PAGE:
When was Obama ever an “economic populist?”  When he was bashing NAFTA in Ohio while secretly telling the Canadians he didn’t mean it?  Would an economic populist want to privatize social security?  Wouldn’t an economic populist make universal health care a top priority?

Haven’t you figured out yet that you have to parse Obama’s words carefully?  How come Obama didn’t say he “would not urge a delay in passage of the Employee Free Choice Act?”  Quit falling for all the smooth talk and demand a commitment.  As my grandma would say “It don’t mean a thing if you don’t get that ring.”


Try Squaring This Circle

Crossposted from Heidi Li’s Potpourri

Two headlines, side by side, at Rasmussen:

Comment: I understand that one could tell a statistician’s story that would make sense of these headlines and some others on Rasmussen’s home page today, such as: Confidence in U.S. Banking System Plummets
Voters Predicted Congress Would Approve Stimulus Package Without Reading It

But to me, this sounds like a population in panic, mistrustful and nervous about its government and its banking system. When people are gripped by fear they do not reason coherently. In any event one could believe the latest measures by our Congress, taken at the urging of President Obama, will do some good but not very much. This is sort of how I think of Jimmy Carter’s entire domestic-side Presidency. Maybe some of what Carter urged did some good, but not very much. And that’s part of why he ended up a one-term wonder. (True enough, the Iran hostage rescue debacle didn’t help either.)

President Obama needs to stabilize the fear that he unleashed in his inaugural address and his primetime press conference. Maybe he thought being grim and scary would ensure action – it worked for Bush when he wanted to send U.S. troops to Iraq – but grim and scared people do not function well in most social environments.


[UPDATE] This post will “stick” to the top of the page.

Inside the Meltdown, watch online or on air beginning Tuesday, February 17, 2009. FRONTLINE investigates the causes of the worst economic crisis in 70 years and how the government responded. The film chronicles the inside stories of the Bear Stearns deal, Lehman Brothers’ collapse, the propping up of insurance giant AIG, and the $700 billion bailout. Inside the Meltdown examines what Treasury Secretary Henry Paulson and Federal Reserve Chairman Ben Bernanke didn’t see, couldn’t stop and haven’t been able to fix.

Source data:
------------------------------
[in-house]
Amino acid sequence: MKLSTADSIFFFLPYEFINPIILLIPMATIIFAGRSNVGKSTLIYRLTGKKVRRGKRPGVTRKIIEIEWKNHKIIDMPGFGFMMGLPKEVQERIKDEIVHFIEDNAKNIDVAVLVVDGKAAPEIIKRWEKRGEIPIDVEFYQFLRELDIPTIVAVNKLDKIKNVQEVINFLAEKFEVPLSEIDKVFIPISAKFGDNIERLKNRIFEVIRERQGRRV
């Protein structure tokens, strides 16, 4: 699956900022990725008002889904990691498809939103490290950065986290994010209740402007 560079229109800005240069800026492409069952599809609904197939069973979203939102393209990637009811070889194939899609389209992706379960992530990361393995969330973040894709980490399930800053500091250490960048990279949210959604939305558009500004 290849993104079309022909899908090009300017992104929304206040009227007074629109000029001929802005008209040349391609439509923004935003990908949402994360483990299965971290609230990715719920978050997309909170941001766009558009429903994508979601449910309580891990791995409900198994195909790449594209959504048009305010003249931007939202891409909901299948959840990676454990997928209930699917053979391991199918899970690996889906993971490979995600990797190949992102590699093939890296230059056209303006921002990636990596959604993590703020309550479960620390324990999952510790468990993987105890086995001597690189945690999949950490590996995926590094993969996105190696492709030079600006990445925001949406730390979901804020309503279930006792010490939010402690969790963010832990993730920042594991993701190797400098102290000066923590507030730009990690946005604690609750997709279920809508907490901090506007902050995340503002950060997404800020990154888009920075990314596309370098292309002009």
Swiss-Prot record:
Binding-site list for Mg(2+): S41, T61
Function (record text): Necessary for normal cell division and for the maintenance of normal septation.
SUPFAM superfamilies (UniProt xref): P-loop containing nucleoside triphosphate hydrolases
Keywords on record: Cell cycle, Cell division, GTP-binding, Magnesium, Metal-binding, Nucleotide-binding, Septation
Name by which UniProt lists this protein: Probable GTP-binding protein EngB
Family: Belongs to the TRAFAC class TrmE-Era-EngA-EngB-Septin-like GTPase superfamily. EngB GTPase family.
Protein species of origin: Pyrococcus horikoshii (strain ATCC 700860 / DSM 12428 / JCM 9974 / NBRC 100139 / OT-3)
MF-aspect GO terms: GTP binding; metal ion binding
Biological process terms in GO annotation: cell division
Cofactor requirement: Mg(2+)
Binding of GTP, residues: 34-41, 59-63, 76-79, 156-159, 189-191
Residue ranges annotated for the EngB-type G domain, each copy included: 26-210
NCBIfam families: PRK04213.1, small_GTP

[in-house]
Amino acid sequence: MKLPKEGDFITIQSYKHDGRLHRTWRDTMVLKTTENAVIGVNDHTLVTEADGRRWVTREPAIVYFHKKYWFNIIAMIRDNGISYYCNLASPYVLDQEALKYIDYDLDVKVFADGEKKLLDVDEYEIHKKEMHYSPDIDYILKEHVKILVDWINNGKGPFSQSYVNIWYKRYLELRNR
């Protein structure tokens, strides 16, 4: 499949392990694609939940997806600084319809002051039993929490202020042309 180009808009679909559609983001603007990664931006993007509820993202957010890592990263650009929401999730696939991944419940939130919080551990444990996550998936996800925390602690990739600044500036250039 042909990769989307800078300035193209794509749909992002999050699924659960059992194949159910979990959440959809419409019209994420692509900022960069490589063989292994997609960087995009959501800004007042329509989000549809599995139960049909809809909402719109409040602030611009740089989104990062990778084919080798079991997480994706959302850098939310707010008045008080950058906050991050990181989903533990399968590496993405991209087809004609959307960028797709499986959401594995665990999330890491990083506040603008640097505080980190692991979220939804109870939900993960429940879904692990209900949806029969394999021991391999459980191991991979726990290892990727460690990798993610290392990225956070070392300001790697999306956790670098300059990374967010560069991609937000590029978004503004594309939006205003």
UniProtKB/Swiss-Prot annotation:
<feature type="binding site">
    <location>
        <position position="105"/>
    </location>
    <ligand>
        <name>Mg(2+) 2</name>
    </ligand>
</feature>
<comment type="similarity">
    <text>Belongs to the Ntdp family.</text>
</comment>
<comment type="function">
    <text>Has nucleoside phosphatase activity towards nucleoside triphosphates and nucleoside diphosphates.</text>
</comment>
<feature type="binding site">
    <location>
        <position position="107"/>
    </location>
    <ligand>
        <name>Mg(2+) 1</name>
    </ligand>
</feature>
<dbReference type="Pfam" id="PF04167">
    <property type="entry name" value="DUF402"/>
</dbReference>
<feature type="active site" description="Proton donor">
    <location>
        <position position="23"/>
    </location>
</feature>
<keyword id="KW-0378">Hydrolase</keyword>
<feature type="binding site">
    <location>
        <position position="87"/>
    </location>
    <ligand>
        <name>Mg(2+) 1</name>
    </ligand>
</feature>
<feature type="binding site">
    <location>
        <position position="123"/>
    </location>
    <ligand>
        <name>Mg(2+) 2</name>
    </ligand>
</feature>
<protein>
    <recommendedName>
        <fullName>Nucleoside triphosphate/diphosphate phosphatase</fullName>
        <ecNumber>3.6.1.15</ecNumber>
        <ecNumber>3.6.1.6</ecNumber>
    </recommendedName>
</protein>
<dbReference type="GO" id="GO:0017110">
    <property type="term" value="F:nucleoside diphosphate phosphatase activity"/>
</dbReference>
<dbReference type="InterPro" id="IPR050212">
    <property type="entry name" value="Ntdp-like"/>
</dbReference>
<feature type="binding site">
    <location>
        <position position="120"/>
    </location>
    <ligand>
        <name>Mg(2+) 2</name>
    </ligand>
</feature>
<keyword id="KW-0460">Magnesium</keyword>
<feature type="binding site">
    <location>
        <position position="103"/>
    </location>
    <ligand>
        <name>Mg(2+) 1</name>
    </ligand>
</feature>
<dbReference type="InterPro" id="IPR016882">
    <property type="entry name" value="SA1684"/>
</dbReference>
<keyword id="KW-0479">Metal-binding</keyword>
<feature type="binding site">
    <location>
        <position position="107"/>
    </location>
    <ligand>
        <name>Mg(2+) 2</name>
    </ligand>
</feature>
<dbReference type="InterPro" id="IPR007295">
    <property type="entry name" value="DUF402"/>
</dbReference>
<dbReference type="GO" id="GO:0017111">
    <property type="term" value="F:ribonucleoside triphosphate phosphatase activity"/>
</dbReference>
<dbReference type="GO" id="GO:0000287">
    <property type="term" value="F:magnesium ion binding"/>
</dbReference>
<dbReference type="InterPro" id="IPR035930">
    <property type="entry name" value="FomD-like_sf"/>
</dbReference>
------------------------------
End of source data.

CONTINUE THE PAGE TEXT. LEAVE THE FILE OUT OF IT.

Tuesday: GM dumps retiree health care

Isn’t that special? Now, the rest of us can pick up the bill for them:

Mr. Gettelfinger, for his part, is trying to protect one of the jewels of the U.A.W. contract, which is essentially health care for life for anyone who worked on the assembly line and their surviving spouses. G.M. has already canceled health care for more than 100,000 of its salaried retirees.

“The U.A.W. at this point understands that it can very well turn into the villain of this whole thing by insisting that its workers receive health care benefits that few workers do,” said Gary N. Chaison, a labor expert at Clark University in Worcester, Mass.

U.A.W. members are bracing for bad news, and worrying that their health care plan will be sacrificed to keep G.M. from going bankrupt.

“Where does it all stop?” said Mike Green, president of U.A.W. Local No. 652, which represents workers in Lansing, Mich. “It would be devastating. Our typical person works between 30 and 40 years. They did their part. Why should they have it taken away with the sweep of a pen?

Or, GM could stop thinking in the present like it has been doing since the first oil crisis and turn out cars and trucks that are actually energy efficient and well designed.  It could stop hiring CEO’s who live in the moment and oppose universal healthcare until the enormous cost of it threatens to bring down their industry.  They could stop blaming labor for all of their problems.